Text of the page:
## NSCR: Definitions and Criteria (2009)

Nutrition Screening - Nutrition Screening is the process of identifying patients, clients, or groups who may have a nutrition diagnosis and benefit from nutrition assessment and intervention by a registered dietitian (RD).

Key Considerations:

• Nutrition screening may be conducted in any practice setting as appropriate
• Nutrition screening tools should be quick, easy to use, valid and reliable for the patient, population or setting
• Nutrition screening tools and parameters are established by RDs, but the screening process may be carried out by DTRs and others who have been trained in nutrition screening
• Nutrition screening and rescreening should occur within an appropriate timeframe for the setting.

Agreement - Measures the extent to which two sets of scores are identical (e.g., scores obtained from two different tools).

Kappa (k) - A statistical measure of inter-rater agreement, developed by Jacob Cohen in 1960. Because k takes into account the agreement occurring by chance, it is generally thought to be a more robust measure than calculating percent agreement.  The equation for k is: where Pr(a) is the relative observed agreement among raters, and Pr(e) is the hypothetical probability of chance agreement. Kappa is always less than or equal to 1. A value of 1 implies perfect agreement and 0 or less implies no agreement (above that expected by chance).

Kappa Interpretation - Landis and Koch (1977) gave the following table for interpreting ? values. The table was based on personal opinion and is by no means universally accepted. These guidelines must be interpreted cautiously, as the number of categories and subjects will affect the magnitude of the value. The kappa will be higher when there are fewer categories.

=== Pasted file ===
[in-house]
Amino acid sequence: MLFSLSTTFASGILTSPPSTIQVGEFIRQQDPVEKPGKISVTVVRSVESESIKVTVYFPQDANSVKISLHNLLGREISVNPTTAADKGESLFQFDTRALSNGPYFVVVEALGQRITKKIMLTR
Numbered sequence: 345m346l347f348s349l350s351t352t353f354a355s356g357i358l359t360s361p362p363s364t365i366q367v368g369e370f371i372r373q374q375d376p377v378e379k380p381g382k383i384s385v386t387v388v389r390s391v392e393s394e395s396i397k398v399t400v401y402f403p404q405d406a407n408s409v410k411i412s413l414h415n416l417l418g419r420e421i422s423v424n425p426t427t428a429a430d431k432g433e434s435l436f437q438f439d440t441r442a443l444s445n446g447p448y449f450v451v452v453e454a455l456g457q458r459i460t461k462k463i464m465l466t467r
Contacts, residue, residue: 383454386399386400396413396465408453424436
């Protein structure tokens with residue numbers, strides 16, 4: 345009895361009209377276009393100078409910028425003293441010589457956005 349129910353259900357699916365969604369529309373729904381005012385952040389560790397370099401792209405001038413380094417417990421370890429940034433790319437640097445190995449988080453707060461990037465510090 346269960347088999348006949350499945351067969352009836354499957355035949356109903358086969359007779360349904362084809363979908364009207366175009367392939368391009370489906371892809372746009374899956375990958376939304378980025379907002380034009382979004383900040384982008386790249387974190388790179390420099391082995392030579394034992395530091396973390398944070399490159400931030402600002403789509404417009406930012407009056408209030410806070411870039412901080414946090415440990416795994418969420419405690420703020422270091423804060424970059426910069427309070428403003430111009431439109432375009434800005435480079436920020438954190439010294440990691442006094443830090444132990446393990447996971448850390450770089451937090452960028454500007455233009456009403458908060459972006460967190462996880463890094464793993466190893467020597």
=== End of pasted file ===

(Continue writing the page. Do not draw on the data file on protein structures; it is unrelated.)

k

Interpretation

<0 No agreement
0.0 - 0.20 Slight agreement
0.21 - 0.40 Fair agreement
0.41 - 0.60 Moderate agreement
0.61 - 0.80 Substantial agreement
0.81 - 1.00 Almost perfect agreement

Negative Predictive Value (NPV) - The proportion of patients with negative test results who are correctly diagnosed as not having the disease/condition. If the data arise from a cross-sectional study (or any study from which valid prevalence estimates can obtained), then the Negative Predictive Value can be defined as:

For any type study, a more general formula will work:

Positive Predictive Value (PPV) - Also called precision rate or post-test probability of disease, it is the proportion of patients with positive test results who are correctly diagnosed. It is the most important measure of a diagnostic method as it reflects the probability that a positive test reflects the underlying condition being tested for. Its value does however depend on the prevalence of the disease, which may vary. The Positive Predictive Value can be defined as

or, alternatively,

Quick and Easy Nutrition Screening Tool - For purposes of the evidence analysis, the Nutrition Screening workgroup has defined a quick and easy tool as one that can be completed in less than 10 minutes.

Reliability - Measures the agreement between the results of the tool when administered by different users (inter-rater) or on different occasions (intra-rater).

Sensitivity - Percentage of undernourished subjects identified by the tool as being at risk  (a / a + c). It refers to the proportion of true positives (those with the disease or condition of interest) that are correctly identified by the test.

Specificity - Percentage of adequately nourished subjects identified as not at risk (d / b + d). It refers to the proportion of true negatives (those without the disease or condition of interest) that are correctly identified by the test.

 Under- Nourished Adequately Nourished At Risk a b Not at Risk c d

♦Reference: Jones JM.  Nutritional screening and assessment tools.  Nova Science Publishers Inc., New York.  2006; Altman, DG and Bland, JM. Statistics Notes: Diagnostic tests 1: sensitivity and specificity BMJ, Jun 1994; 308: 1,552.

Validity

• Construct validity - Extent to which measure performs in accordance with theoretical expectations
• Criterion validity - Comparison of a measure/tool with some other measure (usually gold standard). Can be divided into concurrent and predictive validity
• Concurrent validity - Comparison of tool with a criterion measured at a similar time to tool
• Predictive validity - Compares tool with a future criterion.

♦Reference: Jones JM.  Nutritional screening and assessment tools.  Nova Science Publishers Inc., New York.  2006; Altman, DG and Bland, JM. Statistics Notes: Diagnostic tests 1: sensitivity and specificity BMJ, Jun 1994; 308: 1,552.